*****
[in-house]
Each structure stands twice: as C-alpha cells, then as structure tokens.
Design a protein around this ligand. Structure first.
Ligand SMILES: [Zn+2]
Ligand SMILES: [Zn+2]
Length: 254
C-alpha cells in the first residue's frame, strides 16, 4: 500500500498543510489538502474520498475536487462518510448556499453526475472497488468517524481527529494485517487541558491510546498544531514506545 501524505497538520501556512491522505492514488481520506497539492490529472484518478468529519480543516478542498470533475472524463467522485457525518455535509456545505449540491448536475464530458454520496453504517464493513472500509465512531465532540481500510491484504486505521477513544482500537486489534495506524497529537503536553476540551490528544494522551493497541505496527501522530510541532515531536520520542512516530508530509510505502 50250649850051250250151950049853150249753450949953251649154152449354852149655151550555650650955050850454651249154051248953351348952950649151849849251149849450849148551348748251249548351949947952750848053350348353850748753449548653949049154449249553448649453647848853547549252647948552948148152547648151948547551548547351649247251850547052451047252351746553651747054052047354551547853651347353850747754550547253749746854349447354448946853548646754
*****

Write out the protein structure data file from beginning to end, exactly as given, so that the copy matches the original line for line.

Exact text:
[in-house]
Each structure stands twice: as C-alpha cells, then as structure tokens.
Design a protein around this ligand. Structure first.
Ligand SMILES: [Zn+2]
Ligand SMILES: [Zn+2]
Length: 254
C-alpha cells in the first residue's frame, strides 16, 4: 500500500498543510489538502474520498475536487462518510448556499453526475472497488468517524481527529494485517487541558491510546498544531514506545 501524505497538520501556512491522505492514488481520506497539492490529472484518478468529519480543516478542498470533475472524463467522485457525518455535509456545505449540491448536475464530458454520496453504517464493513472500509465512531465532540481500510491484504486505521477513544482500537486489534495506524497529537503536553476540551490528544494522551493497541505496527501522530510541532515531536520520542512516530508530509510505502 50250649850051250250151950049853150249753450949953251649154152449354852149655151550555650650955050850454651249154051248953351348952950649151849849251149849450849148551348748251249548351949947952750848053350348353850748753449548653949049154449249553448649453647848853547549252647948552948148152547648151948547551548547351649247251850547052451047252351746553651747054052047354551547853651347353850747754550547253749746854349447354448946853548646754